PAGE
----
Nunavut’s Birthday is Just Around the Corner

29 Mar

The Nunavut Flag, designed by Andrew Karpik from Pangnirtung (via Wikipedia)

Nunavut’s 12th birthday is right around the corner: this Friday! Nunavut is Canada’s newest and largest territory, which came into existence in 1999 via the Nunavut Act and Nunavut Land Claims Agreement Act. Creating this territory out of the Northwest Territories took over 30 years of effort: the first official suggestion that the NWT be split into two was read in the House of Commons in 1963. The Inuit Tapirisat Kanatami began pursuing the creation of Nunavut in 1971, which ultimately resulted in the creation of the territory.

MIA has a particularly strong connection to Nunavut: our Director, David Harris, was a school teacher in Kinngait (Cape Dorset) for several years before returning to Ontario and immersing himself in the Inuit art world. The museum also represents artists from across the Arctic, including Nunavut, and represents the territory’s three major regions (the Qikiqtaaluk, the Kivalliq, and the Kitikmeot) in our permanent collection.

Canadian Inuit Dog (via the Nunavut Legislative Assembly)

Want to know a little bit more about Nunavut? Check out these fast facts:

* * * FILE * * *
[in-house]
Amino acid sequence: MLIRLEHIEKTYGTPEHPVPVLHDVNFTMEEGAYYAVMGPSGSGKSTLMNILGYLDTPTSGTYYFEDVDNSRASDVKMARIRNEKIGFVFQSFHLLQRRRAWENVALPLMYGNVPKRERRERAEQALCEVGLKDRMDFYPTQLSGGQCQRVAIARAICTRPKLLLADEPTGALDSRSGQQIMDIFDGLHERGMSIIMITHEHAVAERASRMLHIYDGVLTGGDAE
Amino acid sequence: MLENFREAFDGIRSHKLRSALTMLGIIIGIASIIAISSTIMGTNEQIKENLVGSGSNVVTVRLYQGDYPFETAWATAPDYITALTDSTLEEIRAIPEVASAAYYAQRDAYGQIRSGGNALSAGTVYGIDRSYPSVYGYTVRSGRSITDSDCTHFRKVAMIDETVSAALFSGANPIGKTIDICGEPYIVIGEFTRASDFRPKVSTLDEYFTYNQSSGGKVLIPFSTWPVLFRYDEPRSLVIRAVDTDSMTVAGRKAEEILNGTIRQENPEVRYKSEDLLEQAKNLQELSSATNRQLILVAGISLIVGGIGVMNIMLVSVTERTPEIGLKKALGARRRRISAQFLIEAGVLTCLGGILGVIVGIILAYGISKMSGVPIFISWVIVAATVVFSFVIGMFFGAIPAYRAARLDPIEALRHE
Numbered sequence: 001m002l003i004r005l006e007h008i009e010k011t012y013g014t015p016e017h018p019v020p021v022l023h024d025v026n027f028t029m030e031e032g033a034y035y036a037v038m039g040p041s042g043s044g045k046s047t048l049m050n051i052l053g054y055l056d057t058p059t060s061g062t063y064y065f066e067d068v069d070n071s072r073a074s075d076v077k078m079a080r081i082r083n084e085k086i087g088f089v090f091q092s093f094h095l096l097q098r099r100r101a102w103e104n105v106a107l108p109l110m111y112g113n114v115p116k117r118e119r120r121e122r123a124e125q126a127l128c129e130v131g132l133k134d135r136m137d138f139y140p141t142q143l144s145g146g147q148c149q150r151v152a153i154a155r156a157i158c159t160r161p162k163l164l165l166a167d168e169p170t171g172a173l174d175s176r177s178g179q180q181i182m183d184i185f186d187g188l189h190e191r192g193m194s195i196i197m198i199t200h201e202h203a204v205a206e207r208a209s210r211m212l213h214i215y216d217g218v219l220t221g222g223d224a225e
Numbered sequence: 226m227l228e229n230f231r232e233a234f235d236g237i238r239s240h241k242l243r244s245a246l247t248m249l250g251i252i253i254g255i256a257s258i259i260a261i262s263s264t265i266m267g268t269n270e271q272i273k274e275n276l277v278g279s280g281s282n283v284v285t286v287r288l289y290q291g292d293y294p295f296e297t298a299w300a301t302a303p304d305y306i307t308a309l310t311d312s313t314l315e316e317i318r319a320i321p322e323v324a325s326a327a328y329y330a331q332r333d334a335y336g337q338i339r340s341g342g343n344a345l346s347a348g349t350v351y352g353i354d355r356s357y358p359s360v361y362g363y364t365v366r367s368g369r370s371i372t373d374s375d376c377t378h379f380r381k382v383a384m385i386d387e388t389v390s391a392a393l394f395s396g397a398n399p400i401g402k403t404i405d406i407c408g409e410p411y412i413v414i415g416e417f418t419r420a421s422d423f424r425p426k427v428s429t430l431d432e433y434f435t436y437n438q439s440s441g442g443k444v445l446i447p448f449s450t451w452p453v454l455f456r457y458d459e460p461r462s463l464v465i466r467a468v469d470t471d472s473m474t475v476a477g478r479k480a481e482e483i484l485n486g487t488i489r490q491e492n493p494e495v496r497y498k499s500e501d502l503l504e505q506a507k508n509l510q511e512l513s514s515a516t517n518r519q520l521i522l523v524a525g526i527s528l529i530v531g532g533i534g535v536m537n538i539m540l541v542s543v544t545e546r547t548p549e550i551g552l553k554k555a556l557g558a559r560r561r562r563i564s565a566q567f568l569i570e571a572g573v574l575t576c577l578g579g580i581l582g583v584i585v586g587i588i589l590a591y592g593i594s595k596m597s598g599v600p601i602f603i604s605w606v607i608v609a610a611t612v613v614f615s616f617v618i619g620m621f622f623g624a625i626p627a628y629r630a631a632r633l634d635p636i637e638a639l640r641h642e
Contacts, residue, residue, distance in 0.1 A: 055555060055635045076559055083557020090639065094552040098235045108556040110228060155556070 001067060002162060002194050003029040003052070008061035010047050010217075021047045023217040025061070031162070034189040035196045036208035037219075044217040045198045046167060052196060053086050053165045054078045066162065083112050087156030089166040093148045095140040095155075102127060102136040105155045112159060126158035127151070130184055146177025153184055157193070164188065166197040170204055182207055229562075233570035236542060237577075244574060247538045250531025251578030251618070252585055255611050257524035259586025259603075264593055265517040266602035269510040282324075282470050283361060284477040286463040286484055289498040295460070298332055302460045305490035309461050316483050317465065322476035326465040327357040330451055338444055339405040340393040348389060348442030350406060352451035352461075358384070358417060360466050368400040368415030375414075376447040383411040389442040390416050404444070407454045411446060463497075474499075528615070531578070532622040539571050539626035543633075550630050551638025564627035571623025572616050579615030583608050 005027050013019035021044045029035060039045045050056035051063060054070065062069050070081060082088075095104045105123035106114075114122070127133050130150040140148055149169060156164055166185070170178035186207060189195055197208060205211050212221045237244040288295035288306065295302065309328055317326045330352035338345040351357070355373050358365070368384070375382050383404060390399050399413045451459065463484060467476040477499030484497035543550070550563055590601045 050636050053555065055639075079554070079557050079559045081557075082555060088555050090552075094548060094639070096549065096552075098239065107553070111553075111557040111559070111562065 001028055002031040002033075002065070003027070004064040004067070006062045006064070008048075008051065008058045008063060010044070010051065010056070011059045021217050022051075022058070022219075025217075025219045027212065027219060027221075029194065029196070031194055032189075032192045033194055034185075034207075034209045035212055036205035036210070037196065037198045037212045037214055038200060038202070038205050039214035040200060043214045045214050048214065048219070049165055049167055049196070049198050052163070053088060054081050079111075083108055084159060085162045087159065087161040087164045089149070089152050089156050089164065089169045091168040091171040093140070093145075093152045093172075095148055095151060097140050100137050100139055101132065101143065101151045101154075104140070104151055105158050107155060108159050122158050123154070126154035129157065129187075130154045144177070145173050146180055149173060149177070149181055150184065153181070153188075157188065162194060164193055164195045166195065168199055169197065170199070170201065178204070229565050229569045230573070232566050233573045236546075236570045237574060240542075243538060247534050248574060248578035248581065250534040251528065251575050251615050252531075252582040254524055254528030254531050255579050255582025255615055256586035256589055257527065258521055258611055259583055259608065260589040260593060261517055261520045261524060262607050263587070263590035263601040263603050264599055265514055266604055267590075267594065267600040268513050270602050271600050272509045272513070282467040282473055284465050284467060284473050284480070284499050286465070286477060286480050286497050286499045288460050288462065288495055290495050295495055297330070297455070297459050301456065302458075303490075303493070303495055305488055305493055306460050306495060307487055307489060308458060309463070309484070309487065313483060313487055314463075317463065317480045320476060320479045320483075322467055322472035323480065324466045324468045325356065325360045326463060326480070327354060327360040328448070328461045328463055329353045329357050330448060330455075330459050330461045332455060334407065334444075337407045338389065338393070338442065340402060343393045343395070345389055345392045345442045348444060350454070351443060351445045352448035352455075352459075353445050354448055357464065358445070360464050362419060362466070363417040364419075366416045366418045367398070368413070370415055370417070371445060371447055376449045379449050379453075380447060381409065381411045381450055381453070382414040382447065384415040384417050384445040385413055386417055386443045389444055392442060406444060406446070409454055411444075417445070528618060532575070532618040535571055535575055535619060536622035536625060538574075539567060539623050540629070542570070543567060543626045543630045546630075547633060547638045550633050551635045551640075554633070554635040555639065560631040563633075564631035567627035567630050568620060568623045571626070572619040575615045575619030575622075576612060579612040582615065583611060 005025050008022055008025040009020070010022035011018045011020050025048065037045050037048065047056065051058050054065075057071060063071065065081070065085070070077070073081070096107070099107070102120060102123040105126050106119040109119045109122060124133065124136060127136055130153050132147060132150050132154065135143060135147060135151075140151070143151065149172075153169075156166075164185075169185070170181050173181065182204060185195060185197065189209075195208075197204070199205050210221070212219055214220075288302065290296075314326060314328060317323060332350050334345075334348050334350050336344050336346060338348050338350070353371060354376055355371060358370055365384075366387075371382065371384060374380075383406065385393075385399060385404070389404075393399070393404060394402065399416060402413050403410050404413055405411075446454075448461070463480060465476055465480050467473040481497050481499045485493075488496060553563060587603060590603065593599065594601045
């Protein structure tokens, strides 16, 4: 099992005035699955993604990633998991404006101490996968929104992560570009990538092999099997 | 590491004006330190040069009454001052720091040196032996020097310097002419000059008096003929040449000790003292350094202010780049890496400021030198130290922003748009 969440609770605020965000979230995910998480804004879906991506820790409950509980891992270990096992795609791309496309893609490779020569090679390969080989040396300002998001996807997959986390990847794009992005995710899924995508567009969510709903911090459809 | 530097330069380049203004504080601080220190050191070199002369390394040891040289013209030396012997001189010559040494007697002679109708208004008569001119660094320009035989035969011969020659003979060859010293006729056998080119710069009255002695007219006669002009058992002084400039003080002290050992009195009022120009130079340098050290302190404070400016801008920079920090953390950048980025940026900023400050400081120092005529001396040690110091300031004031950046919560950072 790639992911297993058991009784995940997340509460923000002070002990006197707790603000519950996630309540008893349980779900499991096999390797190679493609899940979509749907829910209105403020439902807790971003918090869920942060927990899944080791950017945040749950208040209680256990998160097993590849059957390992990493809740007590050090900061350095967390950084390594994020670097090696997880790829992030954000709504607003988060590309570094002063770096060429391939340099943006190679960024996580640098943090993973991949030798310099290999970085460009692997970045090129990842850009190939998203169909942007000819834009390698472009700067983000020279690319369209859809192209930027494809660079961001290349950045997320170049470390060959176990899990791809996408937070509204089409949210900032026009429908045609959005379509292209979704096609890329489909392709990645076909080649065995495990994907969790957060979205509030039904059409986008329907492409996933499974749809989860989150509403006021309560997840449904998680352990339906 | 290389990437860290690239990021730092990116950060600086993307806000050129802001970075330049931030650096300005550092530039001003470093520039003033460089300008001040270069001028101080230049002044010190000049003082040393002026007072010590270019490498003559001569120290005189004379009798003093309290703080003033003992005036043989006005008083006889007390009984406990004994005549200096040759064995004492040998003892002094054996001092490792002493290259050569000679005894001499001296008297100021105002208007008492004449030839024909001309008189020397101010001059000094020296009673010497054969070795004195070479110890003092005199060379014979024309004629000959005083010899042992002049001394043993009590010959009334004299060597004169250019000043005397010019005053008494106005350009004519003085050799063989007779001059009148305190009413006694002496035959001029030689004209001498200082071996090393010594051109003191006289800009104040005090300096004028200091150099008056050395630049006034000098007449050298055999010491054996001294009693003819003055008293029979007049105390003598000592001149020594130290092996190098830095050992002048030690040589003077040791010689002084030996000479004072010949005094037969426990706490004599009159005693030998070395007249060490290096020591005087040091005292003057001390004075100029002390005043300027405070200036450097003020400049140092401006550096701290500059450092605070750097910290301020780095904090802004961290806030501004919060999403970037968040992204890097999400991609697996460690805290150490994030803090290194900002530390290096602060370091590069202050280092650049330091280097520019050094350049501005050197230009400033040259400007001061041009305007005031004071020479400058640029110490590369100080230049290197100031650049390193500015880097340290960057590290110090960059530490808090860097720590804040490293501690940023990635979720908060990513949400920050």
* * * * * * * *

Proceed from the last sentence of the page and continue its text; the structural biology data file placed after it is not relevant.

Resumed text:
• Nunavut means, “our land” in Inuktitut.
  • The flag, pictured above, is very symbolic: the blue and yellow represent the riches of Nunavut’s land and sea, while the red represents Canada. The inuksuk symbolizes the stone monuments that guide peoplethrough the land and mark important places. The North Star (Niqirtsuituq) is a traditional navigational guide and also symbolic of elders’ community leadership.
  • Nunavut’s official dog is the Canadian Inuit Dog (or Qimmiq). The official flower is the Purple Saxifrage (Aupilaktunnguat), and the official bird is the Rock Ptarmigan (Aqiggiq).
  • Four languages are officially used in Nunavut: Inuktitut, Inuinnqatun, English and French.
  • The population, as of October 1, 2010, is 33, 268 people; approximately 85% identify as Inuit.

Nunavut is a huge territory with a long history, and no blog post could possibly cover all of it. If you’re interested in learning more, MIA is very excited to celebrate Nunavut’s 12th birthday with programming for all ages, including special family activities and crafts all focused on Nunavut.

Posted by: Alysa Procida, MIA’s Educational Coordinator

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